The greedy and gregarious Daland of stentorian bass Hans-Peter König, was the true standout of the evening. König was always full of personality. He sang with clear resonance throughout his range, and his rich lower notes were especially satisfying. And he sang, as Wagner surely intended, with an Italianate line, never sacrificing the beauty of sound for power, which he had to spare. His diction was superb, every word understandable. Basses of his vocal caliber are rather thin on the ground. He’s an exceptional talent, vocally as well as dramatically. And he displayed a gift for comedy. His interactions with his hapless steersman were particularly entertaining. Despite his professed love of his daughter, Daland is unable to see either her fragile mental state, or the effect of the Dutchman upon it. As portrayed by König, there was a real poignancy about Daland’s obtuseness. König made his Met debut earlier this season as Sarastro. There too, he was marvelous. He fully conveyed the priest’s dignity and authority, and his gorgeous deep bass voice resounded throughout the house. His dramatic and vocal range are huge. Next season, he will appear as Fafner and then Hunding in the Met’s new Ring.

Stephen Gould made his Met debut as the simple stalwart Erik, voiced with a large voice and clear ringing tones. His humble and rather humdrum huntsman obviously stood no chance of wooing Senta’s affections back from the romantically compelling Dutchman, and Gould made plain his hurt and confusion. Russell Thomas, seen earlier this season as Foresto in Attila, was a delight as the Steersman, singing with ringing top notes, secure power, shining tone, and a fine legato line. He provided comic touches that relieved the dark brooding drama, throwing it into sharp contrast. His interactions with König’s Daland in the first act were the most human moments in the opera. They shared a working camaraderie that evaporated when the Dutchman appeared, and Daland turned inward consumed by his dreams of wealth.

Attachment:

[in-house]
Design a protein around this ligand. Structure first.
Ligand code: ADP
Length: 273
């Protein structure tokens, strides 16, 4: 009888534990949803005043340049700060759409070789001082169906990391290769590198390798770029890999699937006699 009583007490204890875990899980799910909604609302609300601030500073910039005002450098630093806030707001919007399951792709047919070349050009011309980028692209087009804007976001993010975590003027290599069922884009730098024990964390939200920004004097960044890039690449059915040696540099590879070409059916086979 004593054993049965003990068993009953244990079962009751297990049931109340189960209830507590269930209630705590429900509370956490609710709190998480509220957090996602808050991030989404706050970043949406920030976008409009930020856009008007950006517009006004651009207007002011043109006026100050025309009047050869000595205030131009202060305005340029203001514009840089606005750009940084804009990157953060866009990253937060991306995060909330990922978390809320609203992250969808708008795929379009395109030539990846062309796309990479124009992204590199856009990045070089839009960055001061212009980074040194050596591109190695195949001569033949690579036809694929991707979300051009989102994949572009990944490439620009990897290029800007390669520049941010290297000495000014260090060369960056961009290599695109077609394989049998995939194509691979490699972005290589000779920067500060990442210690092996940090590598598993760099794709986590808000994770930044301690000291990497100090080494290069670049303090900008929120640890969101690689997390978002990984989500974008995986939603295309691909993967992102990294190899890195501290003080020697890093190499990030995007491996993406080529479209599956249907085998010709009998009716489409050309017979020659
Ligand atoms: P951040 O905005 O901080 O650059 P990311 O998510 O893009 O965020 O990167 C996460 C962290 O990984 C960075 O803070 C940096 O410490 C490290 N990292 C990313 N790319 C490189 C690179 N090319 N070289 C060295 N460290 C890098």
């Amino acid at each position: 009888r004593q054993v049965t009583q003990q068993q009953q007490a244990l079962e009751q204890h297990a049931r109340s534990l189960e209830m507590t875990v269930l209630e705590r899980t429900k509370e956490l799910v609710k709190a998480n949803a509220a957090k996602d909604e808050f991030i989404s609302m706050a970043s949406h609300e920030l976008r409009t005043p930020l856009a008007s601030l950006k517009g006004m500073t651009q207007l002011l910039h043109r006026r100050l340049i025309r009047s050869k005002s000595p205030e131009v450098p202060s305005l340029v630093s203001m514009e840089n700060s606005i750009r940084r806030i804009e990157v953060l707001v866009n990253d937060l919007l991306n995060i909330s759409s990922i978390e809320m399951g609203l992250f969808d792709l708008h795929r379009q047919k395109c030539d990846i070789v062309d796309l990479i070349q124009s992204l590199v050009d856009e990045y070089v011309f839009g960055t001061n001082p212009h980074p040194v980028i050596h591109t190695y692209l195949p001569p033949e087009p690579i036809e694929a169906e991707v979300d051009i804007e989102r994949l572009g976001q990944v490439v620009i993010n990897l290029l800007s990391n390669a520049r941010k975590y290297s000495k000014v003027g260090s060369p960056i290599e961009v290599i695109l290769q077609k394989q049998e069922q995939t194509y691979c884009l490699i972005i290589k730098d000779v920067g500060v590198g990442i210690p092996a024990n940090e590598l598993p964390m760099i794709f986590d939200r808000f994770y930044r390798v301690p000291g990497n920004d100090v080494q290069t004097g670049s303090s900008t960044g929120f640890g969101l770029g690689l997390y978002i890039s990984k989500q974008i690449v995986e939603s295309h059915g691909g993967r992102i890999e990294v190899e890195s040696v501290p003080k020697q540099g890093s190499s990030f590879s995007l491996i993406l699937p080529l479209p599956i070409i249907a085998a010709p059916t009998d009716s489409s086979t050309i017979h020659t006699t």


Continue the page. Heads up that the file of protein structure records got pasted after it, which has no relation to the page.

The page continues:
The Met chorus was in excellent form, contributing much of the energy and momentum of the evening. Their portrayal of the sailors celebrating their homecoming with their sweethearts brought the village to full life. We felt their generous and playful spirit as they first lured the Steersman from his watch, and then attempted to share their joy with the Dutchman’s ghostly crew. After a clash between the forces of life and the forces of death and despair, the townsfolk simply moved the party elsewhere, suffering no defeat.

Even given a superb orchestra, such as James Levine’s finely-honed ensemble, much of the dramatic impact of this splendid score depends on the skill of the conductor. Alas, Kazushi Ono was an unfortunate disappointment in the pit. He led the orchestra in a performance of flattened textures and homogenized sound from which the occasional leitmotif was hard pressed to escape. Under his baton, the music lacked the required drive that embodied, for Wagner, both the power of the sea and the relentlessness of fate. Instead there was often a pervasive listlessness. Ono often left the singers poorly supported, and occasionally he simply drowned them out. His performance also suffered from a general lack of coordination with the stage. The most egregious example of this occurred during the Act 3 face-off of the two male choruses – the villagers on one side and the Dutchman’s phantom crew on the other. The Met Orchestra deserved better. In contrast, everyone was well-served by Gil Wechsler, the Met’s veteran lighting designer, who marvelously evoked the ever-shifting planes of reality. His illumination of the ship of lost souls and its cursed crew was simply stunning.

Arlene Judith Klotzko